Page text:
UCL News


Press cutting: Has university really changed?

16 February 2007

University science is now in real crisis - particularly the non-telegenic, non-ology bits of it such as chemistry.

Since 1996, 28 universities have stopped offering chemistry degrees, according to the Royal Society of Chemistry.

The society predicts that as few as six departments (those at Durham, Cambridge, Imperial, UCL, Bristol and Oxford) could remain open by 2014. Most recently, Exeter University closed down its chemistry department, blaming it on "market forces", and Bristol took in some of the refugees.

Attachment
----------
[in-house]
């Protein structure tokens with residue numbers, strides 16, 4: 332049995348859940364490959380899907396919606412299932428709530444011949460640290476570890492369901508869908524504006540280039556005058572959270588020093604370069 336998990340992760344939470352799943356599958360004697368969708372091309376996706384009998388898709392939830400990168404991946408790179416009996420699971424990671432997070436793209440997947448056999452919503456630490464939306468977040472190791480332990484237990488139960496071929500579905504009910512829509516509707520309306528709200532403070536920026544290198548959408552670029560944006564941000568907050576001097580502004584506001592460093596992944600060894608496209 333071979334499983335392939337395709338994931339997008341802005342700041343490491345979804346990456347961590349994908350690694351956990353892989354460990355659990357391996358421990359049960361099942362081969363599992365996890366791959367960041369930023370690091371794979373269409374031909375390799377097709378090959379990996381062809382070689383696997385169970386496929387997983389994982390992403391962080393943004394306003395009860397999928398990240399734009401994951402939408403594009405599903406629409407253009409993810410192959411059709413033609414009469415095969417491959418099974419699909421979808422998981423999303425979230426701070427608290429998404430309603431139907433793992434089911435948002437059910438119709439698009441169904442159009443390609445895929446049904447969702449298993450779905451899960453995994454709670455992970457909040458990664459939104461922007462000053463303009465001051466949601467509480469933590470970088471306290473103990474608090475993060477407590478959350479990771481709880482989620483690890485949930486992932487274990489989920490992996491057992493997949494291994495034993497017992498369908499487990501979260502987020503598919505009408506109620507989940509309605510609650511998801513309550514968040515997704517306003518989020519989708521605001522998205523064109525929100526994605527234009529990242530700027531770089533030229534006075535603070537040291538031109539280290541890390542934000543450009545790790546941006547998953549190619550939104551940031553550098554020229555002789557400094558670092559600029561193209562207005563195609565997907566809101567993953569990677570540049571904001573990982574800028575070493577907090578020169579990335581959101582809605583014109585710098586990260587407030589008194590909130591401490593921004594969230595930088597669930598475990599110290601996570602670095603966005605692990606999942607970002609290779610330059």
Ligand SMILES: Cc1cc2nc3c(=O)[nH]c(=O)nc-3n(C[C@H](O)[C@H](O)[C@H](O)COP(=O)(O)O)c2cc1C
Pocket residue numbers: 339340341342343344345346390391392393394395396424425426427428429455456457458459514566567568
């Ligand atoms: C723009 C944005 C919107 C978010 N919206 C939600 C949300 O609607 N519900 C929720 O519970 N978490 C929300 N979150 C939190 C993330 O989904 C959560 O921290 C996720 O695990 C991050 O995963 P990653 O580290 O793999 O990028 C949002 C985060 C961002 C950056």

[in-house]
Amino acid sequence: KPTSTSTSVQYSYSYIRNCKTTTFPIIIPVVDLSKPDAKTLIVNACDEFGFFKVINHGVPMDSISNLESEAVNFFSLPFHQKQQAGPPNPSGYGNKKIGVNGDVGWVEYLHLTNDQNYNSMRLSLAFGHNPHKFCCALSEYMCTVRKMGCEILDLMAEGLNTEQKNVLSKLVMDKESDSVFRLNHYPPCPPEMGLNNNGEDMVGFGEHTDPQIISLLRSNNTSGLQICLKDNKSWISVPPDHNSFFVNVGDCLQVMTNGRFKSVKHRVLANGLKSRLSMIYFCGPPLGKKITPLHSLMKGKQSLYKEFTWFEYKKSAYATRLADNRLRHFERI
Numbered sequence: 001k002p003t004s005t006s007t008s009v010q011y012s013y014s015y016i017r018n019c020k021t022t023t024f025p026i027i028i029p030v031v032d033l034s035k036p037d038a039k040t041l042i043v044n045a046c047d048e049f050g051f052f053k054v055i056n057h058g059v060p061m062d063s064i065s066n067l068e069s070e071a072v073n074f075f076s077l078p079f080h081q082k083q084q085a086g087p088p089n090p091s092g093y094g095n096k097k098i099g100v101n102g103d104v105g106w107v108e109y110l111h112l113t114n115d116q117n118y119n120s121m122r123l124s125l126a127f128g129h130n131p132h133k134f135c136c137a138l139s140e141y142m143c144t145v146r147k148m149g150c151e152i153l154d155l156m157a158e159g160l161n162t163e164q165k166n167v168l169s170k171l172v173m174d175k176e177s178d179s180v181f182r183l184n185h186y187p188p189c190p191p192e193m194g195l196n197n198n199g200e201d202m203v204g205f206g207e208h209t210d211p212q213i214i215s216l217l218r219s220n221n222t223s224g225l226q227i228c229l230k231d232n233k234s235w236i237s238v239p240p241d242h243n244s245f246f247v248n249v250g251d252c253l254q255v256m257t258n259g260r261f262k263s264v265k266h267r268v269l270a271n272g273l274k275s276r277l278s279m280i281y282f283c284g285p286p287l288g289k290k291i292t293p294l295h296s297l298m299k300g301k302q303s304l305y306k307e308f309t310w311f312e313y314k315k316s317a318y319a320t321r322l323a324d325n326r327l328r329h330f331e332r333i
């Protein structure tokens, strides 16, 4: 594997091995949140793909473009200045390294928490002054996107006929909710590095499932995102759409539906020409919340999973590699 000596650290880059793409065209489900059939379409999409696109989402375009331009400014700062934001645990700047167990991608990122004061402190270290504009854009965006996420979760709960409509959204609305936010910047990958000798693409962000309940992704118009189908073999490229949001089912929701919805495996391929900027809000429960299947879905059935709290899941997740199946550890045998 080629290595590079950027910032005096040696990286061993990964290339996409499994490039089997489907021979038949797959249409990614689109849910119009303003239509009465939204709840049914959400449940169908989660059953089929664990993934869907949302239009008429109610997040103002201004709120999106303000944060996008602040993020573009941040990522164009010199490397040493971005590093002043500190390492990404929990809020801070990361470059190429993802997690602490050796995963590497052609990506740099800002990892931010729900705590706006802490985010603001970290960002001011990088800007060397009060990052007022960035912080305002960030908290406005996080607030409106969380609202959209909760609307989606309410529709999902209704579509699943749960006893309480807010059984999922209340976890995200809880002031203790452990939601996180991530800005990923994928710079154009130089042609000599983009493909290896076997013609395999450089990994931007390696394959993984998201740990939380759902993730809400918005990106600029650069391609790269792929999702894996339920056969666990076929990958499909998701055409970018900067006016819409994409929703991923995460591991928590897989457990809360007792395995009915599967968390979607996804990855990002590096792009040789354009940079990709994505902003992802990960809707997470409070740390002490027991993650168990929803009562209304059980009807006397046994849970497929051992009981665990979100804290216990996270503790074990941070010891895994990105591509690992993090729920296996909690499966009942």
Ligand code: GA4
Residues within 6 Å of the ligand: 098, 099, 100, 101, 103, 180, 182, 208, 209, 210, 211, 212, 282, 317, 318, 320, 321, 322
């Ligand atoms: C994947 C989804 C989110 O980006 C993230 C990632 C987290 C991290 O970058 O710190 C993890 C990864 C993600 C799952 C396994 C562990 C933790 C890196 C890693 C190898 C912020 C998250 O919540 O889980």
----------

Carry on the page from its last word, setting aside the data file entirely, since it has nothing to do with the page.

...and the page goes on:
The closures have been blamed on a fall in student applications, but money is a factor: chemistry degrees are expensive to provide - compared with English, for example. …

The upshot is that Britain is turning out fewer and fewer chemists - even though there are jobs for them. Against this backdrop, it seems quite important that chemistry teaching is making an attempt to pull itself into the present; that it is as engaging as it can be; that it is no longer quite the dusty experience that it was in the early 90s.

Emily Wilson (Bristol Chemistry 1991), 'The Guardian'